convictions, swung from one extreme to another as soon as he realized how mistaken he had been. His early life in Rishon LeZion and his military experience had taught him that if you broke in the process of training, you weren’t worthy, and he applied this to the horses and humans he taught. But this does not work. In the long run, for every strong horse that turns into a superstar, you are going to lose many wonderful mounts that maybe needed a bit more time, a bit more patience, or a gentler approach.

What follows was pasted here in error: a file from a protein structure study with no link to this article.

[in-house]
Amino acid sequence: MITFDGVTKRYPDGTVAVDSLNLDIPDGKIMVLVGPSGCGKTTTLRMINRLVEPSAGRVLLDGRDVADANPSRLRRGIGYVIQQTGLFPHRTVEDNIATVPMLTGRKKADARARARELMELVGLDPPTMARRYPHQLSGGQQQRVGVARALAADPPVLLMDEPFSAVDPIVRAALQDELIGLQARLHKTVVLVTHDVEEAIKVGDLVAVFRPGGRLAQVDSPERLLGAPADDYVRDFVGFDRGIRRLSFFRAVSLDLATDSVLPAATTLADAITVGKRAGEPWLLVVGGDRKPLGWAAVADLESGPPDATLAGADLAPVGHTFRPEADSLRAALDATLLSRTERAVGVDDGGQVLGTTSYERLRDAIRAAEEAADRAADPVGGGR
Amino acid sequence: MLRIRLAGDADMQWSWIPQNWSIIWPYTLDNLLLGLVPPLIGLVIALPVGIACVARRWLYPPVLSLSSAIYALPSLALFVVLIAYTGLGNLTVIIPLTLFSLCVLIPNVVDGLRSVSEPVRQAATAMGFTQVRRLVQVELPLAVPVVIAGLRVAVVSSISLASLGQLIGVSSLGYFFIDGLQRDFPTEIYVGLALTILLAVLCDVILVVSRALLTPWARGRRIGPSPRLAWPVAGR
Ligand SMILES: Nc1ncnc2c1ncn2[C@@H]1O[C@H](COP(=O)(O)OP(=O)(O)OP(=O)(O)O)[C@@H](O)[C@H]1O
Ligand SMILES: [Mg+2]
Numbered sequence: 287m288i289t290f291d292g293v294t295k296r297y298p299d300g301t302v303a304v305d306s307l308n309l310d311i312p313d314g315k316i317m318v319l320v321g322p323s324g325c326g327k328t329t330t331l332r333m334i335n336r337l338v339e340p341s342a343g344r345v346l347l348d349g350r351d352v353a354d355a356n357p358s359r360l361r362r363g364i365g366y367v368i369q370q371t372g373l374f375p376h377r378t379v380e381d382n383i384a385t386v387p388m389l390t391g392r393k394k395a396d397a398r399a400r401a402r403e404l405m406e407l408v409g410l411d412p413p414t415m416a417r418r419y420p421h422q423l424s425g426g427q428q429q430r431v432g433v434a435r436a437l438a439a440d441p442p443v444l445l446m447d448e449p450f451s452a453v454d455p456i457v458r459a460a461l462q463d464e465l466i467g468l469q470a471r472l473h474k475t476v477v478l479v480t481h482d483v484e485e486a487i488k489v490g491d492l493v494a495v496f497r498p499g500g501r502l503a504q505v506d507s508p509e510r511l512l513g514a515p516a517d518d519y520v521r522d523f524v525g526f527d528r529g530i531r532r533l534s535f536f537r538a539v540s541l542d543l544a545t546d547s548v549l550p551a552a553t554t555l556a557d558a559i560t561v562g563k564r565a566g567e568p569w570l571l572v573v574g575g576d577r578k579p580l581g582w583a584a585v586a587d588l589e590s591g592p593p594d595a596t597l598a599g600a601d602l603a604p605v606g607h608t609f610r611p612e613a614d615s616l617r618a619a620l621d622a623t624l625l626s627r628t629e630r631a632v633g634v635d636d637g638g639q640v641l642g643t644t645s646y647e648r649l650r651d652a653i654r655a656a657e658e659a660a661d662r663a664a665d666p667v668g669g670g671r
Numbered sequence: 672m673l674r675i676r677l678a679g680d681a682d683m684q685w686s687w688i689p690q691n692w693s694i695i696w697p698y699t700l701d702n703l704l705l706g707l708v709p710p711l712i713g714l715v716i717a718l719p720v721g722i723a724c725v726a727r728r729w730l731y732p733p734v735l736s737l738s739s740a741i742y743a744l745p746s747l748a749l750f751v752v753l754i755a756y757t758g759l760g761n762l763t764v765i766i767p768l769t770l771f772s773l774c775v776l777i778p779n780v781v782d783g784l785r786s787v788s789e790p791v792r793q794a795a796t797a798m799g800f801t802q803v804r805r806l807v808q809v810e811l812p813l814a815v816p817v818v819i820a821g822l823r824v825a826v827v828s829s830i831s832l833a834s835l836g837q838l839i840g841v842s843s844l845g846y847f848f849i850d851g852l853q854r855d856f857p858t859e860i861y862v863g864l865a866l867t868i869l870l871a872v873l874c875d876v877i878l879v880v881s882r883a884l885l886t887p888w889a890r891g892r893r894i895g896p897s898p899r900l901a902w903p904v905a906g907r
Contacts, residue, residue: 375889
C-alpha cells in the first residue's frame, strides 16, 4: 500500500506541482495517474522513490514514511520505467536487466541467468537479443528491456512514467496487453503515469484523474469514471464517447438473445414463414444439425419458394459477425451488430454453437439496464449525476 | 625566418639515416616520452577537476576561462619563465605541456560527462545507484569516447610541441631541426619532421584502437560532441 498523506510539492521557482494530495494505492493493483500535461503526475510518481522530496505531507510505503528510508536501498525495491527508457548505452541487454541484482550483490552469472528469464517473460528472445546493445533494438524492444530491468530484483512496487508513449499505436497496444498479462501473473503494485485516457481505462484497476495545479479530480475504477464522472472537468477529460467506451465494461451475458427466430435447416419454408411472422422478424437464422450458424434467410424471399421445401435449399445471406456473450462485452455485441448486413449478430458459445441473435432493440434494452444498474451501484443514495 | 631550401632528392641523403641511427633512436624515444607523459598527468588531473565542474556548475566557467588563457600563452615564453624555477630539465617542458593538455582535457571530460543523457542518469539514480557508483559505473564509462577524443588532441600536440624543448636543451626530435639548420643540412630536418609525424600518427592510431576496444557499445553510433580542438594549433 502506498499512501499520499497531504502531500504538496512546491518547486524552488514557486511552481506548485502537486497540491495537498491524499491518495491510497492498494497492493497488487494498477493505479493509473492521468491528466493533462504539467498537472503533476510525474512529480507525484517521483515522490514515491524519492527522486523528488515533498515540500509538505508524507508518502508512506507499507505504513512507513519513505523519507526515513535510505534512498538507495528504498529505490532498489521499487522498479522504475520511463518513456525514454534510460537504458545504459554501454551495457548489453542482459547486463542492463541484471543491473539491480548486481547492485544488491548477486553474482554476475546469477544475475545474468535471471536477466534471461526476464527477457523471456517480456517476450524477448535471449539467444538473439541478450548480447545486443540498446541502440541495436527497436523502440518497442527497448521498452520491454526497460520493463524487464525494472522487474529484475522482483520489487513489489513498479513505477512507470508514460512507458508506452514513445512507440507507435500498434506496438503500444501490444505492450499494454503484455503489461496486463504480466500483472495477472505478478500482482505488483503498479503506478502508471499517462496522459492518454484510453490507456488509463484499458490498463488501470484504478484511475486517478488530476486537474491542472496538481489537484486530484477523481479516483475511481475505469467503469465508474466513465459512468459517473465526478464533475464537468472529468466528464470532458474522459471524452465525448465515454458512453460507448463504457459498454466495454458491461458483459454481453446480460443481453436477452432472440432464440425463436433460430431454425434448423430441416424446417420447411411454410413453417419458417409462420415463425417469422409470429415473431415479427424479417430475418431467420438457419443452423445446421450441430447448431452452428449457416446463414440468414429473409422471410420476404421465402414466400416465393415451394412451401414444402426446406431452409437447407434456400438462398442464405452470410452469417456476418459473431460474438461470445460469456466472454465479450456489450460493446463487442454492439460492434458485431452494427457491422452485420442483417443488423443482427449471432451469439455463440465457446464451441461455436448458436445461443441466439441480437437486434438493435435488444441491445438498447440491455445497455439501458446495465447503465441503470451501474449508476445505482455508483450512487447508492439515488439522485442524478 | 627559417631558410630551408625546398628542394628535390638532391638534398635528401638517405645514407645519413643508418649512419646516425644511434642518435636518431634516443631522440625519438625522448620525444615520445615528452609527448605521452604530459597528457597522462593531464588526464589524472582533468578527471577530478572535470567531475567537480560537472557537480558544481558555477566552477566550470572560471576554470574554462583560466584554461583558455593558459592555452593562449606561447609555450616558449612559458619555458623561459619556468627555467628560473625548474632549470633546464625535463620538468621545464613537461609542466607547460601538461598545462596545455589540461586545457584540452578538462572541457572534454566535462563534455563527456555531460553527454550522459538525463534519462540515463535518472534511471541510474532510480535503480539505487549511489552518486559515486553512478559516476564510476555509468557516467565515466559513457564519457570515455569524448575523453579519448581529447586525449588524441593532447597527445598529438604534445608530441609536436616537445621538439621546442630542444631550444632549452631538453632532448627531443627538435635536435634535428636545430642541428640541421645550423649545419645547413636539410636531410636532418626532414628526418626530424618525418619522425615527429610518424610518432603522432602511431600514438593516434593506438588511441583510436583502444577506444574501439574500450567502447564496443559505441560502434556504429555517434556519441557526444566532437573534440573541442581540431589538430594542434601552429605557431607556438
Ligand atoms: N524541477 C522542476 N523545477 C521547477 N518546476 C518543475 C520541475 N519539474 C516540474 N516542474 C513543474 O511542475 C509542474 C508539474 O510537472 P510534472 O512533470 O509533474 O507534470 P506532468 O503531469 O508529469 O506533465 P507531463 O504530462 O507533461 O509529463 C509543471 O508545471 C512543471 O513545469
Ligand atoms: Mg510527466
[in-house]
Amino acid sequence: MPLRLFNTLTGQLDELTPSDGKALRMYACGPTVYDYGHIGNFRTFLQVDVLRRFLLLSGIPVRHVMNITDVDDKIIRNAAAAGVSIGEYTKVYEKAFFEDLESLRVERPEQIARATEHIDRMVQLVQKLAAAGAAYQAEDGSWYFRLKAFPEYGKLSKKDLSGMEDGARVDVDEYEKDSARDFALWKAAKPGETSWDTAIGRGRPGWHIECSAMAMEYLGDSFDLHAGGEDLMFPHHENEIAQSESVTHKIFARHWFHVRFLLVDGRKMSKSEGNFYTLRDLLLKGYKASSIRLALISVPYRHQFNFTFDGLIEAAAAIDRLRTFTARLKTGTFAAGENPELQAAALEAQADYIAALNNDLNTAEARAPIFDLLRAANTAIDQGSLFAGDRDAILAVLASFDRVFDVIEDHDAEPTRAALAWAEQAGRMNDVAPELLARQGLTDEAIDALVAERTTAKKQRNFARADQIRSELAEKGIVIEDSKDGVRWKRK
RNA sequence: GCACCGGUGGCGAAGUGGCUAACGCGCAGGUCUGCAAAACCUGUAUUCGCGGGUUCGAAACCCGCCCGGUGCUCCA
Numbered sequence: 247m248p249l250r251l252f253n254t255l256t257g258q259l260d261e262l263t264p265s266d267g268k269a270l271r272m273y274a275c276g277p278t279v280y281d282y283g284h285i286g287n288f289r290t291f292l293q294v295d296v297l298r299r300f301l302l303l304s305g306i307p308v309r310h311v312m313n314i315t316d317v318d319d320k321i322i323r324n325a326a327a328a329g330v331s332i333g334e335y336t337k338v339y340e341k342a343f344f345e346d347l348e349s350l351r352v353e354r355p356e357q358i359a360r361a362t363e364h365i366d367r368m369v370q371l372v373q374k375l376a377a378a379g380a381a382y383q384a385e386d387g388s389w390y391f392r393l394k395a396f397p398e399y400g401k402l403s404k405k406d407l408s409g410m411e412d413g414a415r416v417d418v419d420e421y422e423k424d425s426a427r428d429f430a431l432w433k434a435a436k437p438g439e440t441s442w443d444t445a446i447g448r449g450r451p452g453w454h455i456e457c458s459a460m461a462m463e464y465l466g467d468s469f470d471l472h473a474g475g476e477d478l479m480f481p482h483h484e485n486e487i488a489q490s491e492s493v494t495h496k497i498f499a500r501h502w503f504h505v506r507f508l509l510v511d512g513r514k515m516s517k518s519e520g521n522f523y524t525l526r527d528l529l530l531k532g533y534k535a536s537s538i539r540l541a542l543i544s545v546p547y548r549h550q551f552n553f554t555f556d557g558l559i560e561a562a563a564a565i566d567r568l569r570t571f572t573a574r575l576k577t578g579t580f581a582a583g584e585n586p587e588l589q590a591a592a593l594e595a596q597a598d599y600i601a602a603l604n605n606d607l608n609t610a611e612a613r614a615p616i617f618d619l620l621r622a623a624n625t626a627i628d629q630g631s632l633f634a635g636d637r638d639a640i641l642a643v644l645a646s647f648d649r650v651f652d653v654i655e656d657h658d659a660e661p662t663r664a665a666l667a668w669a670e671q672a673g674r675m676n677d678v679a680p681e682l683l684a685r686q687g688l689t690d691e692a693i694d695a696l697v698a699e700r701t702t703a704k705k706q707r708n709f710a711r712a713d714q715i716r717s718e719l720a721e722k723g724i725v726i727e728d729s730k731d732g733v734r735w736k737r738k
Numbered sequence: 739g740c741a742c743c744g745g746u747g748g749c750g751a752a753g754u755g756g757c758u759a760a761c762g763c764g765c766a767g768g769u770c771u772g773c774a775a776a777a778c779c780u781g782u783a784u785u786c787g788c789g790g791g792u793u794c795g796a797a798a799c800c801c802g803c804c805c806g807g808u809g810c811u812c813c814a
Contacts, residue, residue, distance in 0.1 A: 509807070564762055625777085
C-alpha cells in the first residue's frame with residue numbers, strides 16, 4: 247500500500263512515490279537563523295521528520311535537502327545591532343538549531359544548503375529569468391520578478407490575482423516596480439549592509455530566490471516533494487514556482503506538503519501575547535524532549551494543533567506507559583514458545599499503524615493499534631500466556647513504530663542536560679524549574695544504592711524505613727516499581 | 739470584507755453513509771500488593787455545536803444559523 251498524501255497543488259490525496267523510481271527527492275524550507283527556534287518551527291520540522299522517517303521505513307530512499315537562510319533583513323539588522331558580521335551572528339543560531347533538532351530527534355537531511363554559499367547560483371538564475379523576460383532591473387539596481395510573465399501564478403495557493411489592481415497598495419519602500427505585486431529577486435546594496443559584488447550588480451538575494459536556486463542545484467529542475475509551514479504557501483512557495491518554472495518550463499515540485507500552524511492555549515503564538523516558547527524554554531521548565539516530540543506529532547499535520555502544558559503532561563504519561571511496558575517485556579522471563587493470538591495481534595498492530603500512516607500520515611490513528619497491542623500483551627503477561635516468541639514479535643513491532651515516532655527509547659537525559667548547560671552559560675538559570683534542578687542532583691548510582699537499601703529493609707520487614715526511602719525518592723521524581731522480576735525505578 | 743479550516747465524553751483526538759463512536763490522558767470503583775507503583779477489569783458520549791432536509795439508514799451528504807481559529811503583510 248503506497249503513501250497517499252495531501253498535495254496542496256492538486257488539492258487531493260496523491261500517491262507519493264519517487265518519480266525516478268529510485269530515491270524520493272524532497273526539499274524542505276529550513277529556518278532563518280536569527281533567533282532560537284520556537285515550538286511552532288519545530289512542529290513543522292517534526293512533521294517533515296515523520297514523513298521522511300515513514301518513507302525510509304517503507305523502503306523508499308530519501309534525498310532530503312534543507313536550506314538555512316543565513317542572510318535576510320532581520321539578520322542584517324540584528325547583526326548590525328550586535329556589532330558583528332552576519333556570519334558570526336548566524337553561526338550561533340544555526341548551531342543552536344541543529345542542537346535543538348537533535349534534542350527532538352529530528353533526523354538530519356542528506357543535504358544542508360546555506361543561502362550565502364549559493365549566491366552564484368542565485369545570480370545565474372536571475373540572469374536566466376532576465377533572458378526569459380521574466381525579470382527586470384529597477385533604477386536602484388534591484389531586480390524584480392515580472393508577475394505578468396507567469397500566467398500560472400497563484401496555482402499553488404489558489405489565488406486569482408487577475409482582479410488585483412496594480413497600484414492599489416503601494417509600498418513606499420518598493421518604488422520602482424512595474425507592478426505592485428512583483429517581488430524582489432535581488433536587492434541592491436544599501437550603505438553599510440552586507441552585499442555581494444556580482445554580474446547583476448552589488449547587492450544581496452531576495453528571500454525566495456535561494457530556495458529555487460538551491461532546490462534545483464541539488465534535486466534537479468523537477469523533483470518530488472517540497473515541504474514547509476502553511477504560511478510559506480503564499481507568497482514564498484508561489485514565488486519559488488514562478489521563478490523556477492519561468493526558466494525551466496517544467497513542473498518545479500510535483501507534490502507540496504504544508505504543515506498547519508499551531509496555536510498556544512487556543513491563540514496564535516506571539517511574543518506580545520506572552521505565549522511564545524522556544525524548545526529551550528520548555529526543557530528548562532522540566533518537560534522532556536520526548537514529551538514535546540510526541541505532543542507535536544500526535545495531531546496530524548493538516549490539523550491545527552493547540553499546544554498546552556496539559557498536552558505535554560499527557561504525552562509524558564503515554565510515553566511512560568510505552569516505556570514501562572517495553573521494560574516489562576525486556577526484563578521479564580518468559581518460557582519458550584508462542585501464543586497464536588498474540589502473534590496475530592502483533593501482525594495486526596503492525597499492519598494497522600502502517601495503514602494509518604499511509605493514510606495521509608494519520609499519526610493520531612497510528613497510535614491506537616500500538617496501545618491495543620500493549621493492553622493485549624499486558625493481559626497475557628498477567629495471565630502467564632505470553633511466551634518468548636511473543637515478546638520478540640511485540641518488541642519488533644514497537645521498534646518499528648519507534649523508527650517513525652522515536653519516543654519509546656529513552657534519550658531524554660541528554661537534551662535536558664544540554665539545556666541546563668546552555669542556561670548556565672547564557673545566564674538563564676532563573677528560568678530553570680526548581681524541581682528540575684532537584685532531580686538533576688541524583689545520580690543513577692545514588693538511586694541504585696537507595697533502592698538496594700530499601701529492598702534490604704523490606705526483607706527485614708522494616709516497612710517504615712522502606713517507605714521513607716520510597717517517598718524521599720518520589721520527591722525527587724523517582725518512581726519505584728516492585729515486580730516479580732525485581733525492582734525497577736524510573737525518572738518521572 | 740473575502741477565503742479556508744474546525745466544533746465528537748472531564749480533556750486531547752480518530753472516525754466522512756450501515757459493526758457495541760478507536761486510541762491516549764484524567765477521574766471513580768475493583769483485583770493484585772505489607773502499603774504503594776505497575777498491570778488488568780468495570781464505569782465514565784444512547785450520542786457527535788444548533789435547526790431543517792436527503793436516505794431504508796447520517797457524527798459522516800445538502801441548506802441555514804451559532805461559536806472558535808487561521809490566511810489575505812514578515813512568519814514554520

People have lives beyond their horses, families, jobs and the daily hassles we all experience. A little patience goes a long way when you are trying to teach someone, and one day, Eitan saw that clearly. He realized that he would be a better rider and a better teacher, as well as a better person, if he practiced patience and kindness. It was a moment of personal growth that was so surprising that it still feels new, “like it just came out of the package,” he says in